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Horizontal versus vertical types

Above: Horizontal typefaces, such as Jack Yan's JY Pinnacle are generally dynamic because the stress of the letters aids the eye rightward across the page. Vertical typefaces, such as Bodoni Roman, are static and the vertical strokes disturb the reading pattern. Below: Oldstyle letters, because of their origins in hand-lettering, have an oblique axis, which also helps legibility. New Century Schoolbook, pictured at the right, has a vertical axis which disrupts reading.

Oblique axis versus vertical axis




Times versus Le Monde

Above: Jean-François Porchez examined Times and saw it could be improved by allowing more white space to "enter", thus improving legibility. He would do this by opening the end of the letter, and enlarging the counter (the "hole"). The result, above right, shows the improvement made to the letter 'e'. The same principle was applied to every letter's design. Although it is difficult to imagine the effect with a single letter, once set into text, the improvement is very noticeable.

The creation of a typeface for Le Monde began with a proposal by its designer, Jean- François Porchez, to the newspaper's director, Jean-Marie Colombani. The brief was to create a new typeface that was horizontal, with an oblique axis, and with an improvement in legibility. It was a departure from the Times Roman 9/9 pt that the paper had been using at that stage.
   When setting to work on his proposal, Jean-François Porchez - already a Morisawa Award winner for his type design, Angie - took into account the difference in languages. The same font has a different mood when set in French, Italian, English and German. There are different occurrences of vowels: more in Latin languages, fewer in Germanic. Ascenders are less frequent in Latin, too.
   Porchez knew attention had to be paid to this aspect, plus the historical basis of types such as Garamond, best suited to Latin-based languages.
   The connection with oldstyle types such as Garamond was important, to fulfil the "horizontal" requirement. Horizontality in type refers to the emphasis on the strokes. Garamond has a fairly strong emphasis on its horizontal strokes, which aids the flow of settings. In Latin settings, the eye would derive greater pleasure from a typeface whose characters directed it across the line. Vertical typefaces, such as Bodoni, are too static for reading: there is not enough of a connection between letters to enable the eye to move smoothly toward the right.
   Garamond also has an oblique axis. This refers to the central vertical axis of round letters such as the 'o'. In calligraphy, letters were rendered so that the axis would be diagonal, which again aids the "link" to the next letter. Letters with a vertical axis prove static and disturb the harmony of text.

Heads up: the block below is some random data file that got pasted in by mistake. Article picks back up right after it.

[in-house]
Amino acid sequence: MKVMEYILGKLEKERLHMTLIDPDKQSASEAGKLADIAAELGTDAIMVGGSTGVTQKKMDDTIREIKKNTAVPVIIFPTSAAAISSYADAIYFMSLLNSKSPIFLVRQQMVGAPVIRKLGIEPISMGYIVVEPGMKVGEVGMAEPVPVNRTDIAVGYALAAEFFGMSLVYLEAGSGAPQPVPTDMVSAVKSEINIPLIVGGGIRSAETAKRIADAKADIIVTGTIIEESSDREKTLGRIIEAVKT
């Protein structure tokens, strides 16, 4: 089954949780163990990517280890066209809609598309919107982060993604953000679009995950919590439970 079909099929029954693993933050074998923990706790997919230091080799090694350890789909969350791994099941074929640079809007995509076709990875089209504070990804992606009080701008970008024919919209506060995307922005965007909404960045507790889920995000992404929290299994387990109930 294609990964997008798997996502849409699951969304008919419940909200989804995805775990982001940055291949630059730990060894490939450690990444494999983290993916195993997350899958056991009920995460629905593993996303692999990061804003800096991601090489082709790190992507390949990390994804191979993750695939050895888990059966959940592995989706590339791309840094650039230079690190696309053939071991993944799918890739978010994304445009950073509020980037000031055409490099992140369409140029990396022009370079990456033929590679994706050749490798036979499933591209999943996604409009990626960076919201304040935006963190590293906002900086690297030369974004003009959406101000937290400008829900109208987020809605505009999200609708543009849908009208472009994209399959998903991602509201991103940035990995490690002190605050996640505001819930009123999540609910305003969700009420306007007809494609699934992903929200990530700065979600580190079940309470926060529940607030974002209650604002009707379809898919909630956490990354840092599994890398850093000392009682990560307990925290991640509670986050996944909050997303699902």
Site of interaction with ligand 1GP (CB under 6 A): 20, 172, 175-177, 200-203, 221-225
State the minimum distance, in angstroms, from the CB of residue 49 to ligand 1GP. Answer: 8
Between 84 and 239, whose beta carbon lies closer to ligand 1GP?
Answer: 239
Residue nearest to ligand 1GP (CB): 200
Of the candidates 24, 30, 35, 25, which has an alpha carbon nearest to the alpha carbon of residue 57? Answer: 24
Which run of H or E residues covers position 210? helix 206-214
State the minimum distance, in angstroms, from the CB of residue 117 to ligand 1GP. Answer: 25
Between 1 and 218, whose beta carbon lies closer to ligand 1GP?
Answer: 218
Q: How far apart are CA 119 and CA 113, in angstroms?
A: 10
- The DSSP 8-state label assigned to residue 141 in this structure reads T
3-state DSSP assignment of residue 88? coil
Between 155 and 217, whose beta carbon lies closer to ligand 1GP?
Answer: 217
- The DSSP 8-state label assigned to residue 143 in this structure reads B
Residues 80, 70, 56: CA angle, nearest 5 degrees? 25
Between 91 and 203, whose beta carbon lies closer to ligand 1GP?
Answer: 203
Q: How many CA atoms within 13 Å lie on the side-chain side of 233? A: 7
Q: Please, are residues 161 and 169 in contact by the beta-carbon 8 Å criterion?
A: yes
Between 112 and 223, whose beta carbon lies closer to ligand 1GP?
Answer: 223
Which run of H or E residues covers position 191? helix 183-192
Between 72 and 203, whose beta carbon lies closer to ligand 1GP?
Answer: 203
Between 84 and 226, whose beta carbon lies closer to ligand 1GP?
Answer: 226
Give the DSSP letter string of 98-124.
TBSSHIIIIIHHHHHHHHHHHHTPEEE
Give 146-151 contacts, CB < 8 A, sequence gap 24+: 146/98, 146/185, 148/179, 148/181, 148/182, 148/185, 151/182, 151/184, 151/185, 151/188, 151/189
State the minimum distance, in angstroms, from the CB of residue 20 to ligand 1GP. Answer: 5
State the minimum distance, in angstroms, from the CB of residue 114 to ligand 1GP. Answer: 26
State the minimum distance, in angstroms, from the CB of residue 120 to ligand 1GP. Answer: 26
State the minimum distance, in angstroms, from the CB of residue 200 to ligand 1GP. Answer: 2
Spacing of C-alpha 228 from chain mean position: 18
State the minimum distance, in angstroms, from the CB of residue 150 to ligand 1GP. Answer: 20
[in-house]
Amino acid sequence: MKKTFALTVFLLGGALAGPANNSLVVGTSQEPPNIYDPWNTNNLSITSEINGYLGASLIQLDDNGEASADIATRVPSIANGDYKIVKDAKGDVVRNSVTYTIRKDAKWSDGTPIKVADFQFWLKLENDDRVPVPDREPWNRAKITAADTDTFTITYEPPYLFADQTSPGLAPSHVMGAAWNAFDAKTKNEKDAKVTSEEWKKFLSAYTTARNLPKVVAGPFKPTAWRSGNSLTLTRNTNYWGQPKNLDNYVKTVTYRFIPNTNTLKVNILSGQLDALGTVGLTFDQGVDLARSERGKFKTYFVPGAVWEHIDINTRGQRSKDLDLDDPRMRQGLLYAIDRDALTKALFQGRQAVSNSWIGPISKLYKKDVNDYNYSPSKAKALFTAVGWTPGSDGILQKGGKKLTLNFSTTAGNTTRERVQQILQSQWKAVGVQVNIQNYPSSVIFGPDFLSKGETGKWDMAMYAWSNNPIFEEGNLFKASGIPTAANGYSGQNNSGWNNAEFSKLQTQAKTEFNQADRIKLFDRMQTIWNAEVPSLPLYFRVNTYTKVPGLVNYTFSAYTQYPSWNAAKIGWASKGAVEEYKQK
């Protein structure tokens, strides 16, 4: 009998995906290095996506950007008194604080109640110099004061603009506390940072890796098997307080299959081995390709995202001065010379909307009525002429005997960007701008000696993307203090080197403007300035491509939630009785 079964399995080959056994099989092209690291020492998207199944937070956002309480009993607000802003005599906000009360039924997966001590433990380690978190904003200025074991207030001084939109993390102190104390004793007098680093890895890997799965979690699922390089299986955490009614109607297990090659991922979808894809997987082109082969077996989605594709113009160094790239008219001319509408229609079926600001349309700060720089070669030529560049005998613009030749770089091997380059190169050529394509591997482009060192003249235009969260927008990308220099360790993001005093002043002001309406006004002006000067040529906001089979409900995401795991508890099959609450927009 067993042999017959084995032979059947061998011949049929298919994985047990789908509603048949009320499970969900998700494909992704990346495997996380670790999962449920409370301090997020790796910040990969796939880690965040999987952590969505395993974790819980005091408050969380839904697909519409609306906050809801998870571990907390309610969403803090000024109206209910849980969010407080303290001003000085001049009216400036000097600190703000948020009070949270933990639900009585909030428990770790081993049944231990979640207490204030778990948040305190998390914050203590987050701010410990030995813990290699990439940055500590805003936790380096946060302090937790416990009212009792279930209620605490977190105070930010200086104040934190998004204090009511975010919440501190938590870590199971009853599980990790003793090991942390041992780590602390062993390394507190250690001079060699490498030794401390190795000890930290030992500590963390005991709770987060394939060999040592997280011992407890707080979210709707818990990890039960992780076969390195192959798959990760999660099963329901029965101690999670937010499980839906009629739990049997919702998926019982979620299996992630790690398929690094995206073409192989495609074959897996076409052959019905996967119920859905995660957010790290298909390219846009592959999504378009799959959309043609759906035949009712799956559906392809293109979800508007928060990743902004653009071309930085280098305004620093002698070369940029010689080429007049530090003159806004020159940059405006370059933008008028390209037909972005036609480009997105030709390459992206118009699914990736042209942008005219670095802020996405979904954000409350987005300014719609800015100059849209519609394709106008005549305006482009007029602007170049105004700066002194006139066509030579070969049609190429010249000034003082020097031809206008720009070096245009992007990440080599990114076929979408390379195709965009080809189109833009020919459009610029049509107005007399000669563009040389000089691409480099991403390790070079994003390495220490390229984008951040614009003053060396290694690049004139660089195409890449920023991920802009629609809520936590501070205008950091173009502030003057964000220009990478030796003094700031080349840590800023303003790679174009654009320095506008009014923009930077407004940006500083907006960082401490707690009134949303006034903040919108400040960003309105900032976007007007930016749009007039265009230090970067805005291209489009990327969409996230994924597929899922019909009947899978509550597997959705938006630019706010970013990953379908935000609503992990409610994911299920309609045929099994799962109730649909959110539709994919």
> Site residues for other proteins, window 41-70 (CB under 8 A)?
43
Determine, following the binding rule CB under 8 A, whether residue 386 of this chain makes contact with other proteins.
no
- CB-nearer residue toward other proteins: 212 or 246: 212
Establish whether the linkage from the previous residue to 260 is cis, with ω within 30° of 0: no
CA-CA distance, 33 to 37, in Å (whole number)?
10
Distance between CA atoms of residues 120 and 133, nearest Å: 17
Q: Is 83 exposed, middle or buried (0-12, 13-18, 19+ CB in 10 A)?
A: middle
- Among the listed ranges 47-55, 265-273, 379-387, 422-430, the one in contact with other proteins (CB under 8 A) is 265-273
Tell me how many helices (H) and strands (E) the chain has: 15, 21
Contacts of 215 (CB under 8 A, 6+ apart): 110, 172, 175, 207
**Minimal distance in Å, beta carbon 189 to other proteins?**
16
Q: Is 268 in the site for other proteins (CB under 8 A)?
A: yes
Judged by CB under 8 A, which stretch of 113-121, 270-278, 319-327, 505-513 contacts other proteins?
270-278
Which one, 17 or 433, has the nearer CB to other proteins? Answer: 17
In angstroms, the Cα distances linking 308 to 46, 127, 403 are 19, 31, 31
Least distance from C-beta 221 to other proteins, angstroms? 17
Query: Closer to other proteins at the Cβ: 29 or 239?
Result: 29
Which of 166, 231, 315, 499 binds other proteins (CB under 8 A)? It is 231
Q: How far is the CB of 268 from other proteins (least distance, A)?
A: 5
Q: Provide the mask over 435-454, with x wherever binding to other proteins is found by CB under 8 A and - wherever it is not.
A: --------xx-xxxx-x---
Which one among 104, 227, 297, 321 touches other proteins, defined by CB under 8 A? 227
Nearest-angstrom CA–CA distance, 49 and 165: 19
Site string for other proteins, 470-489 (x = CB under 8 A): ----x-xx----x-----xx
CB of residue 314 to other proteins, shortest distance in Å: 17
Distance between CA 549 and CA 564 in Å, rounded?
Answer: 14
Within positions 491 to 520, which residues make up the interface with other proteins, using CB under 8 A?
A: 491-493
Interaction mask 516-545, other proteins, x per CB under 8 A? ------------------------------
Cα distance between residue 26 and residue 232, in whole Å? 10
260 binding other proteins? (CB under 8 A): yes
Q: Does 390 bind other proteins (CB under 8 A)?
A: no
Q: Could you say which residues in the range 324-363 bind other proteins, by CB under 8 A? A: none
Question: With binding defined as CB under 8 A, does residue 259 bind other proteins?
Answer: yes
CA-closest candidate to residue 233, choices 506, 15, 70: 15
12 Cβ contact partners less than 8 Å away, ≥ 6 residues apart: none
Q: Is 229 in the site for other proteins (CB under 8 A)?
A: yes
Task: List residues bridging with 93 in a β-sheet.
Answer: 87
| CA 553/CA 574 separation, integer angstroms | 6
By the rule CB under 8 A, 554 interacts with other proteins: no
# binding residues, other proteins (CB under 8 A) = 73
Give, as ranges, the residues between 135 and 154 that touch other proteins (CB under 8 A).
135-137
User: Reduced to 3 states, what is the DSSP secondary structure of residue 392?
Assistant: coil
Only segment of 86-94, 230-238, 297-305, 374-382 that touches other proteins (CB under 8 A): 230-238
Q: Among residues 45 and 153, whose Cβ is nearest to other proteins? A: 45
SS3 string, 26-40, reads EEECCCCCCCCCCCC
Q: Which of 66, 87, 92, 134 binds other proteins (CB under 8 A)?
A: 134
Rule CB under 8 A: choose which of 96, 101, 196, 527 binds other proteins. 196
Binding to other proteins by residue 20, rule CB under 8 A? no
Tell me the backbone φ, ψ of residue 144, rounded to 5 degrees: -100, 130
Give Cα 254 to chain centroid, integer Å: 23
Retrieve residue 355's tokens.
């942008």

Further, Jean-François Porchez felt the type family must reflect its culture; it must take into account the composition and printing technology; and save 10 per cent in space without having to shorten the articles, "ventilating" the layout.
   He had researched newspapers and their use of type, from The Times to Le Midi Libre and the current Le Monde. He found that the print in Le Monde - composed in Times New Roman, which The Times of London itself abandoned in 1971 - was less than ideal compared to the other papers'. The types used nowadays had greater x-heights and smaller capitals and ascenders. Because little of the text is set in capitals, there was no need to make them monumental as Stanley Morison's committee had done for Times New Roman in 1931.
   Studying Times Roman, Porchez critiqued each letter and declared that Le Monde had to be an open typeface. The openness would again contribute to the legibility: a closed design has vertical elements which tend to make text static. Porchez's concerns were with the printing: closed typefaces would be more subject to printing degradation than an open one.
   With each letter, he says, 'I tried to make each letter as visible as possible in small point sizes by introducing more white space, and that lightened the interior.'


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A world of concerns

A short history of newspaper type

The story continues

Le Monde's new face

Jean-François Porchez - biography


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